The initiative, organised by the Caravaggio specialist and former director of the Museo di Capodimonte in Naples, Nicola Spinosa, has already divided experts. On 25 October, the art historian Giovanni Agosti resigned from Brera’s advisory committee in protest against the “uncritical” presentation of a painting that is “not only private property but for sale”. The work, which was discovered in 2014 by a French family who wanted to fix their leaky roof, was entrusted to Eric Turquin, a Parisian Old Master dealer who claims it could be worth €120m. “Brera is a museum of the Italian state, not a commercial gallery or a banking foundation. Presenting a painting in its rooms automatically confers authority on it,” Agosti wrote in a letter to Bradburne.
At the heart of the debate is the labelling of the work as a Caravaggio in the wall texts and exhibition catalogue. A museum “should not accept the conditions of a lender, especially if the lender is appointed to sell the painting”, Agosti says. The French Judith will be shown with a “clear disclaimer” that the attribution comes from the owner and not the museum, Bradburne tells The Art Newspaper. “There is no ambiguity about the uncertainties surrounding the painting.”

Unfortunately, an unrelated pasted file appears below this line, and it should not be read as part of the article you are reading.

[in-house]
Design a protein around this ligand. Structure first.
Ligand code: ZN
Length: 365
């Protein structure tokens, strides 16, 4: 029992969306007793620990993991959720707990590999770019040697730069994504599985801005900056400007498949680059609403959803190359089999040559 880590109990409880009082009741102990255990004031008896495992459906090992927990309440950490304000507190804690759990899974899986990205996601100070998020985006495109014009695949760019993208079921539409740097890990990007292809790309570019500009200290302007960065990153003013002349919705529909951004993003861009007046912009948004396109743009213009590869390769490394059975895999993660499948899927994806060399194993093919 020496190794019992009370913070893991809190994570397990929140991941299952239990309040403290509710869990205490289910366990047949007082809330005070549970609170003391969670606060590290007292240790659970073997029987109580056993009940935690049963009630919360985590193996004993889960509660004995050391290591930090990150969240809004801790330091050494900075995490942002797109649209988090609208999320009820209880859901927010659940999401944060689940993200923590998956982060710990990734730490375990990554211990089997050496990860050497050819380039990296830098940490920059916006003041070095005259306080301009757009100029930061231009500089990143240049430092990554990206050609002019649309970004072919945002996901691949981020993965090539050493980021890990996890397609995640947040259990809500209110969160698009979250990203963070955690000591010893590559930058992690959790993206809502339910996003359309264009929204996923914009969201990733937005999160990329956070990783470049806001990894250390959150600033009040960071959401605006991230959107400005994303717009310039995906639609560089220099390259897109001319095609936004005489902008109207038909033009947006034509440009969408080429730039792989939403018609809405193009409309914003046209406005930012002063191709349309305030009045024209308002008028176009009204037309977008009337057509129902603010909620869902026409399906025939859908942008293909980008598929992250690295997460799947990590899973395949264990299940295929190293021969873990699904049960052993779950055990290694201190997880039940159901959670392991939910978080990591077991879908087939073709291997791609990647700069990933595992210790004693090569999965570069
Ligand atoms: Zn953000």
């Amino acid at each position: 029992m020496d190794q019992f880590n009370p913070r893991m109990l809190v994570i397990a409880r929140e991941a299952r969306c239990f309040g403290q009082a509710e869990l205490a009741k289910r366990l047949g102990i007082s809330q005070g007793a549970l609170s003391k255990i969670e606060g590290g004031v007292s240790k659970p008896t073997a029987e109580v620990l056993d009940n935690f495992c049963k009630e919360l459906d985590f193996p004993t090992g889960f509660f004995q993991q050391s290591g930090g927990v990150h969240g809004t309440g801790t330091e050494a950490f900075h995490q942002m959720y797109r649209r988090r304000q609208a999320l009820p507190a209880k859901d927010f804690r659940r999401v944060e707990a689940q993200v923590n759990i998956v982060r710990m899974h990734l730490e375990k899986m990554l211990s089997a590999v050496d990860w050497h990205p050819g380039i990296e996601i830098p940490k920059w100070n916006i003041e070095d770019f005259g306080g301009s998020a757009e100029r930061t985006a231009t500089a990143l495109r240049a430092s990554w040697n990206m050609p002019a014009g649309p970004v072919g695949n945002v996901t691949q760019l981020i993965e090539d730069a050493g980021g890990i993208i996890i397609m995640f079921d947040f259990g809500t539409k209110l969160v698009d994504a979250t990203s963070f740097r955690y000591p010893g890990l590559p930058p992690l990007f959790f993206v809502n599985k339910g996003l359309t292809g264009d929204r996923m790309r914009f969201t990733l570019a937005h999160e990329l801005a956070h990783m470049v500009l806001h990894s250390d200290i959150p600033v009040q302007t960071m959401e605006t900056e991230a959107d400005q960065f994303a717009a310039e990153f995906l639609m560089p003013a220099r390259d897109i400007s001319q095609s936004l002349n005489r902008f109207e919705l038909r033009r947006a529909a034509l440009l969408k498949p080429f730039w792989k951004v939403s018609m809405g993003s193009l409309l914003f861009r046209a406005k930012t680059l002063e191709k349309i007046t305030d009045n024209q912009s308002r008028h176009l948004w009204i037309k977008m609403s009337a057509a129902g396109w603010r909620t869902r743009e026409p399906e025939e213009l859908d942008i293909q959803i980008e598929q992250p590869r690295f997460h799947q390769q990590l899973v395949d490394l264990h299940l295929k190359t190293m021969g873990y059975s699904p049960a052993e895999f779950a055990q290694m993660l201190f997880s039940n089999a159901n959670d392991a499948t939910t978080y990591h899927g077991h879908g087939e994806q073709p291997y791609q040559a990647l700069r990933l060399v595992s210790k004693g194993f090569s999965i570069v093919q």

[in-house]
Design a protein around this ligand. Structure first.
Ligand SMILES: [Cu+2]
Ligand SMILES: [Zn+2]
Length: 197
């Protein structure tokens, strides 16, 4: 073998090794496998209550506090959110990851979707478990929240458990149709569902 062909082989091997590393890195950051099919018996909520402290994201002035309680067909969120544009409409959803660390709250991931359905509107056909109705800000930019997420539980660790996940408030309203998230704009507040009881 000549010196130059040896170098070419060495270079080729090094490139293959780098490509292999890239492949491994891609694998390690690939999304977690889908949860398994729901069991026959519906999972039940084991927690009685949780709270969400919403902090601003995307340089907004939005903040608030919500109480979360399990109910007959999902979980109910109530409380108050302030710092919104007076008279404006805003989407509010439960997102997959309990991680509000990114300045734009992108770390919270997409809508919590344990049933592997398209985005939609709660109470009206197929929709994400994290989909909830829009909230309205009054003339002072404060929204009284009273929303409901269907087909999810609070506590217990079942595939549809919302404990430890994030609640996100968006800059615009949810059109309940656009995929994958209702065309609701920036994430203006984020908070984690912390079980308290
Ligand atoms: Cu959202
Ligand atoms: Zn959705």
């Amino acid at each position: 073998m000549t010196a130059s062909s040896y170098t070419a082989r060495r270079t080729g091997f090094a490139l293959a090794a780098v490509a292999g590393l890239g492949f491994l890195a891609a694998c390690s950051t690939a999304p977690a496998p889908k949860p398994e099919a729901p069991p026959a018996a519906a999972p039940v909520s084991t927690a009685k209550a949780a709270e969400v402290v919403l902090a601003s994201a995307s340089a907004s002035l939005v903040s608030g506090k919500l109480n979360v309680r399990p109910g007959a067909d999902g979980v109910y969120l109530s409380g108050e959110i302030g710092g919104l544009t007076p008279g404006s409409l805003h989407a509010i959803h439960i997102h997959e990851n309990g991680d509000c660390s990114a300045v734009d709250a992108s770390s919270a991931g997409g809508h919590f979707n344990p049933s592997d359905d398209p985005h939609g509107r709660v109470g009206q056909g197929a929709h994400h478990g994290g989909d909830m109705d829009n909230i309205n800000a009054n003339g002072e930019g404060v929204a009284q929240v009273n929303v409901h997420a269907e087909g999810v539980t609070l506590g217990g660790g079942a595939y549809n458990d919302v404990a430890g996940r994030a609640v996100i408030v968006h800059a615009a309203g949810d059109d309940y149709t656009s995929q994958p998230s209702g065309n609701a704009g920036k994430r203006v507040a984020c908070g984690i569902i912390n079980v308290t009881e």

Technical research has so far proved inconclusive. The French culture ministry declared the work a national treasure in March, placing it under an export ban for 30 months while the Musée du Louvre conducts further study and the government considers whether to make an offer to buy it. Spinosa was among the Caravaggio scholars invited by Turquin to examine the painting, identifying it in his written evaluation as a lost original last documented in the early 1600s “even if we do not have any tangible or irrefutable proof”. Another expert, Mina Gregori, believes the work to be a copy by Finson, who is recorded as owning the lost Judith between 1607 and his death in 1617.